For 1,400 refugee, migrant and stateless children in Malaysia, ElShaddai Refugee Learning Centre offers hope

In 2008, ElShaddai Refugee Learning Centre opened its first preschool for 20 Rohingya children in Klang. Today, 18 learning centres across Malaysia provide preschool to diploma-level education.

Michelle Chun for Faithour // November 18, 2022, 5:24 pm

ElShaddai Centre provides children from stateless, migrant or refugee communities with something rare and often inaccessible to them: education. Photos from ElShaddai Refugee Learning Centre and Faithour.

ElShaddai Centre provides children from stateless, migrant or refugee communities with something rare and often inaccessible to them: education. Photos from ElShaddai Refugee Learning Centre and Faithour.

It’s a quiet Thursday morning, but ElShaddai Refugee Learning Centre’s administrative office is buzzing with activity.

On the porch, two men are unloading boxes of dry groceries from a van. Inside, primary school head Madame Gan Whye Ying has her head bent over a thick file, glancing every so often at a tablet displaying CCTV screens of the premises.

Around the back, two women are cooking up a mountain of meehoon goreng in an equally enormous wok – a simple, filling lunch for the pupils provided by the centre.

Rising above circumstances

ElShaddai Centre provides children from stateless, migrant or refugee communities with something rare and often inaccessible to them: Education. The NGO is an alternative learning centre and an implementing partner of UNHCR.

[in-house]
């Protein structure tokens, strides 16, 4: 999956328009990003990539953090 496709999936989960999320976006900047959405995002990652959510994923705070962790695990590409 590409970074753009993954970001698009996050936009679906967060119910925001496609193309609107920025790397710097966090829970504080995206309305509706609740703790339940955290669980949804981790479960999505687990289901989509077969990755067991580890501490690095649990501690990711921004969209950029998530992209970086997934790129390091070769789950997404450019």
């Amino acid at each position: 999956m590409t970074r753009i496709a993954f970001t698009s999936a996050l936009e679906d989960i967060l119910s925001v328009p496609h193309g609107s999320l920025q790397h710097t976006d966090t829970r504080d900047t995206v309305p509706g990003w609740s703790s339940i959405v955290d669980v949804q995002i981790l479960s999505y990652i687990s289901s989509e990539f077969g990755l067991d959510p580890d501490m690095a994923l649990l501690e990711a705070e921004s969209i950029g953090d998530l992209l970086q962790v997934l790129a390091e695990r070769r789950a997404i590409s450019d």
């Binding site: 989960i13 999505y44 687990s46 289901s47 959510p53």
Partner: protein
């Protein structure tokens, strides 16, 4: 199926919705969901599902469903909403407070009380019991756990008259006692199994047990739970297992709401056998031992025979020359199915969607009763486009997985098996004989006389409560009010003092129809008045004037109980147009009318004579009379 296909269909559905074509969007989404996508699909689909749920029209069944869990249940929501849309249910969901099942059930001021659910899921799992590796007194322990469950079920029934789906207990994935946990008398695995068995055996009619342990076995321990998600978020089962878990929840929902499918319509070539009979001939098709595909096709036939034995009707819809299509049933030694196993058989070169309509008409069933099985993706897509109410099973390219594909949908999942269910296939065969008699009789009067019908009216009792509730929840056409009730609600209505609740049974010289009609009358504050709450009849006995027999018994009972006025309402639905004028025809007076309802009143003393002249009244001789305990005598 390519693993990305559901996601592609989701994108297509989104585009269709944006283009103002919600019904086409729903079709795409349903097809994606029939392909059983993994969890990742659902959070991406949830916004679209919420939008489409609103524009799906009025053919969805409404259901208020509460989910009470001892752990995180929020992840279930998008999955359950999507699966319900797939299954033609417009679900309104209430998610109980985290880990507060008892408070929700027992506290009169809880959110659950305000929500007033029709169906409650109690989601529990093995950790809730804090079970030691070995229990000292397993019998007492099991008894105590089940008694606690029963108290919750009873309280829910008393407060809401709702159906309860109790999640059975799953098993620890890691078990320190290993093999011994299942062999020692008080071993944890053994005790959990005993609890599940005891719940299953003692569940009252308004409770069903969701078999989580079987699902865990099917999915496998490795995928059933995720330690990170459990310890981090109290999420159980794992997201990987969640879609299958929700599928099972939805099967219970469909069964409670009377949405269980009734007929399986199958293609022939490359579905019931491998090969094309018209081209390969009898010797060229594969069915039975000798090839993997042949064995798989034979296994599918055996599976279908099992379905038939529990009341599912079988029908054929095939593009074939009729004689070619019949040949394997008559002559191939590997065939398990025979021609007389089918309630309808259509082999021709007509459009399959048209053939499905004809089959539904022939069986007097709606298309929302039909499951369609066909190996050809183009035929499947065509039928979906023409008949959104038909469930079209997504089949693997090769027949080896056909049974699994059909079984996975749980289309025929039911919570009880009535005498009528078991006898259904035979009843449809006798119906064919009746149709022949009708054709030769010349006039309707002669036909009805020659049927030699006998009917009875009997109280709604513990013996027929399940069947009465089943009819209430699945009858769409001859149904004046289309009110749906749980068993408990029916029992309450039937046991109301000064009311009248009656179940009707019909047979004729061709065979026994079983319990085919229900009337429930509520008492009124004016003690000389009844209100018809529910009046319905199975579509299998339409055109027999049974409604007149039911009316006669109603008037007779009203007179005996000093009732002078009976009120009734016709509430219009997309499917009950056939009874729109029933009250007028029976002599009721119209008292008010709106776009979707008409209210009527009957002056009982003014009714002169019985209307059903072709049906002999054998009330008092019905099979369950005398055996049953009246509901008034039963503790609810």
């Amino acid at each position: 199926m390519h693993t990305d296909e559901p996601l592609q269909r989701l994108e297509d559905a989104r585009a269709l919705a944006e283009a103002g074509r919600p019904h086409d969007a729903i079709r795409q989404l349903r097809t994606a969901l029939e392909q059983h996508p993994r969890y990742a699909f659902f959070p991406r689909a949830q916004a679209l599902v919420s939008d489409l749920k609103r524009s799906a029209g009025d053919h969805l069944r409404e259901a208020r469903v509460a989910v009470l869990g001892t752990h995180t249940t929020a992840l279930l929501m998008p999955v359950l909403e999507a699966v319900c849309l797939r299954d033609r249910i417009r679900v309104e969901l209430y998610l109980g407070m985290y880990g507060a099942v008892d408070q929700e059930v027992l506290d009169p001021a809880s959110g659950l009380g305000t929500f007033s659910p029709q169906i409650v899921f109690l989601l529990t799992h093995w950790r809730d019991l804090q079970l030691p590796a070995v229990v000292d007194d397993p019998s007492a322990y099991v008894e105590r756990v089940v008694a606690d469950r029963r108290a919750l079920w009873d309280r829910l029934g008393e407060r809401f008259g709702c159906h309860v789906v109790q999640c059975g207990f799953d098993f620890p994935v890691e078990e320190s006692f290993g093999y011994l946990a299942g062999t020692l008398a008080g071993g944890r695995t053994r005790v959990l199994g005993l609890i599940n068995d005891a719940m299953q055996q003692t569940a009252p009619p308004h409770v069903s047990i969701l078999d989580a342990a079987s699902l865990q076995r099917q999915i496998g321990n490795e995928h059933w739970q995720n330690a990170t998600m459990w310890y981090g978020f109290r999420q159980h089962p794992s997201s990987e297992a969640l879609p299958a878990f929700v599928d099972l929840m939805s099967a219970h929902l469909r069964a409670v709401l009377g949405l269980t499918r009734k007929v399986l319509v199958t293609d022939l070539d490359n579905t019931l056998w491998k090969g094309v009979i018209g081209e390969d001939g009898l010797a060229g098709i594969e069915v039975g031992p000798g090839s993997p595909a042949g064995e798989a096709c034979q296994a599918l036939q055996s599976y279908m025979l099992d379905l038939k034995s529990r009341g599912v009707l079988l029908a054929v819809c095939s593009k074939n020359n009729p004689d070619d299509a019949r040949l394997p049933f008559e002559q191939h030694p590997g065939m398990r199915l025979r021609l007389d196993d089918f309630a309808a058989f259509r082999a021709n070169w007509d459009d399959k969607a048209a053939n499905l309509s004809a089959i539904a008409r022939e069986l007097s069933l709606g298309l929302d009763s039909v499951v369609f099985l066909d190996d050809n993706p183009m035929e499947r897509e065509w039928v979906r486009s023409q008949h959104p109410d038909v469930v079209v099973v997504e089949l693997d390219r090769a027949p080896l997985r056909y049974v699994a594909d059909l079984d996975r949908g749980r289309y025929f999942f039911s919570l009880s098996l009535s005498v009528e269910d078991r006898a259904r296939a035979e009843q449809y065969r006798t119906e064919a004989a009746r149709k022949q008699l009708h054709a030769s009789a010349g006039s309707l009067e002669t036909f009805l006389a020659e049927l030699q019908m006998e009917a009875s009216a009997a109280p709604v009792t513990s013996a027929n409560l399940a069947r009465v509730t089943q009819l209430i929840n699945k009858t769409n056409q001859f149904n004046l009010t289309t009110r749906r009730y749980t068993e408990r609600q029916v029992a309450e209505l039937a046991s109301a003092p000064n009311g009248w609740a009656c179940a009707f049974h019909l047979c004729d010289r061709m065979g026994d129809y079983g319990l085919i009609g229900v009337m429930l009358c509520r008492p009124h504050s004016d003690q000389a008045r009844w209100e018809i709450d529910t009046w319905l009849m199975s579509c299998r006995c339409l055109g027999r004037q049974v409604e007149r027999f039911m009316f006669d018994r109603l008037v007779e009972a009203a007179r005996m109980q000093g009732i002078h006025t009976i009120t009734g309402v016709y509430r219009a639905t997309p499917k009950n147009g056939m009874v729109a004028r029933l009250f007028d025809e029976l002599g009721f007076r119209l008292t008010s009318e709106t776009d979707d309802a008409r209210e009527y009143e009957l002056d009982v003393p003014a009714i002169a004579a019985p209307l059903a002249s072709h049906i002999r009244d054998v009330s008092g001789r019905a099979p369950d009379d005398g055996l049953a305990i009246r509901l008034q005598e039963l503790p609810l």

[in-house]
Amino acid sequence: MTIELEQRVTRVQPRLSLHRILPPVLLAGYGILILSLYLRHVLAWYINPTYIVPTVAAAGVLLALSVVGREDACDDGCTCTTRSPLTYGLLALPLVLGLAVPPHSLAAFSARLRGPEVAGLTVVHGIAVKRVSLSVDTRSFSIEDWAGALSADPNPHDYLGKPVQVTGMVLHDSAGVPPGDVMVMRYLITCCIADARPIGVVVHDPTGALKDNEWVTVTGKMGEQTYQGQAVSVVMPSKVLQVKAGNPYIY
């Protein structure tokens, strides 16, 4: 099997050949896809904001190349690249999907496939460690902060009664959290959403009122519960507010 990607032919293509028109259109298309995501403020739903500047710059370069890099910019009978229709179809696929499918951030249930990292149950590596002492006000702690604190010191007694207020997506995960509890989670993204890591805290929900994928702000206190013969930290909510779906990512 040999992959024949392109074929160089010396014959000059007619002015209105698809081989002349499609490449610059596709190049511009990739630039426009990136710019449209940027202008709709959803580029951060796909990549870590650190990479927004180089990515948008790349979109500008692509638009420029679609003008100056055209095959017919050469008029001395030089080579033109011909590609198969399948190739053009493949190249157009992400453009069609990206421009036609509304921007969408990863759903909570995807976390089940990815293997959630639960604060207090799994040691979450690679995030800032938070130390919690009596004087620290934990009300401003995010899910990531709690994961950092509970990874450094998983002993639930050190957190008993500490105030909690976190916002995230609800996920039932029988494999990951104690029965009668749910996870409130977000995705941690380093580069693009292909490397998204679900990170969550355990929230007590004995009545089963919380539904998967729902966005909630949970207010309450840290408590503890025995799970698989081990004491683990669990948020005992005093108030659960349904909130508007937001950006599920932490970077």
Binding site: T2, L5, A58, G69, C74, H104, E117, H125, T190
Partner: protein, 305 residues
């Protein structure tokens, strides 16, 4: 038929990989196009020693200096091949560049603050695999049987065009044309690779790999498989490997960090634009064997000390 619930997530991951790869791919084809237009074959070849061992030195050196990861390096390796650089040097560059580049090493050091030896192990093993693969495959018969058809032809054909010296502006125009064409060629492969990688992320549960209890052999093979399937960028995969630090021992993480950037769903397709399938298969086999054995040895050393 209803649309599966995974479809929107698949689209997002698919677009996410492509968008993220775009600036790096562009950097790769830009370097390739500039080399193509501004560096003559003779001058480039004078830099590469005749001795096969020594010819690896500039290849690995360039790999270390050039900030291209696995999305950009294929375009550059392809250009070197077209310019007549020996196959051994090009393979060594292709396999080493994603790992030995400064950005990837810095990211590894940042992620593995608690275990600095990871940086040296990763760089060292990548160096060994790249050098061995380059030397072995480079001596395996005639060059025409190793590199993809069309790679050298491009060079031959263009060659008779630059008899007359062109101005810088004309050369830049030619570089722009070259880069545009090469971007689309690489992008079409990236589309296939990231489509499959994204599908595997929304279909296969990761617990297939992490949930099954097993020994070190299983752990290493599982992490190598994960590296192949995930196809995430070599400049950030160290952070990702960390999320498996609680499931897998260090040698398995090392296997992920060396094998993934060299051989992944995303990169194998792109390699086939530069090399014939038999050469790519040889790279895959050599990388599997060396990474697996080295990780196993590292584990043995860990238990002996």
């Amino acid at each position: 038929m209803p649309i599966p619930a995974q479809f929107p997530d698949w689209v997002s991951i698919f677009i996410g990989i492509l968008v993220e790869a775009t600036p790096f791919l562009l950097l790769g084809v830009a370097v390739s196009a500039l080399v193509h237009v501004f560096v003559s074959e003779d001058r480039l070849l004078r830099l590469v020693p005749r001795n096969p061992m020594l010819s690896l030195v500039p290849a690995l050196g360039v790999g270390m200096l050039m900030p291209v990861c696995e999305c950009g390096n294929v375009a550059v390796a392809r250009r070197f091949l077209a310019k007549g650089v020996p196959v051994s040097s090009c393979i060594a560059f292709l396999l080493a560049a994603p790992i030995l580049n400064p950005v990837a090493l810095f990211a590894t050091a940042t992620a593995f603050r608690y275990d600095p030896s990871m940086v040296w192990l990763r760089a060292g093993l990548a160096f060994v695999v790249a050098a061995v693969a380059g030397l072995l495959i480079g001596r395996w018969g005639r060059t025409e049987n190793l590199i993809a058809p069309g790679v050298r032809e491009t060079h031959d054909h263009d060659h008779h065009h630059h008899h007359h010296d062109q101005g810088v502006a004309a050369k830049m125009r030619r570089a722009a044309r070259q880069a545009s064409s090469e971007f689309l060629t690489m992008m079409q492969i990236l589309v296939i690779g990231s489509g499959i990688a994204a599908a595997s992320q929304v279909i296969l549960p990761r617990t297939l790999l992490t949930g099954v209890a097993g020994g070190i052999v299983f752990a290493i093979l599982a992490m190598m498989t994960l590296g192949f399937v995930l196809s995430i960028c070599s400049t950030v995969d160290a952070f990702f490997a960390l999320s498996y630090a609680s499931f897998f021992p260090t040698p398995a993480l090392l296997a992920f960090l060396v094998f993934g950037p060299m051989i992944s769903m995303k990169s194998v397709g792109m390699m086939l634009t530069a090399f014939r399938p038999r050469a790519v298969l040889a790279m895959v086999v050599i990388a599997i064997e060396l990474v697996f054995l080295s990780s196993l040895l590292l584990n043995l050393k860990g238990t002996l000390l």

At this centre, students are provided with a simple but filling lunch.

As of end January 2022, there are some 181,510 refugees and asylum-seekers registered with UNHCR in Malaysia. At present, there are 18 ElShaddai learning centres located in Selangor, Kelantan, Pahang and Sabah serving 1,400 children from marginalised communities.

Some are preschools, some primary or secondary schools. There’s even an Accelerated Learning Programme Centre for children who need to catch up to their age-appropriate education level, and an online e-graduate programme for those who wish to pursue a diploma.

ElShaddai Centre follows the Cambridge curriculum but adapted to the needs of the communities. For instance, classes are not set according to age but education level, meaning children of different ages often end up in the same class.

At ElShaddai Centre’s Primary School in Klang, around 600 children come to school every day.

“Our primary school here in Klang has around 600 children aged 6 to 16 years, with 140 on the waitlist. These numbers keep changing; every day or so we get an enquiry. We have never advertised a new school year, it’s just word of mouth,” says Mdm Gan Whye Ying, Head of Primary at ElShaddai Refugee Learning Centre Klang.

It’s an interesting setup, and extremely organic. The 600 children at this primary school are split into morning and afternoon sessions, with “classrooms” located at various churches, halls or spaces in the surrounding area, basically any premise that opens its doors.

Diverse cultures

ElShaddai Centre takes in children regardless of religion or ethnicity; there are over 22 people groups currently represented. They come from Myanmar, Pakistan, Sri Lanka, Indonesia, Cambodia, Afghanistan and India, among others. All of the centres are currently full, and many have a waitlist.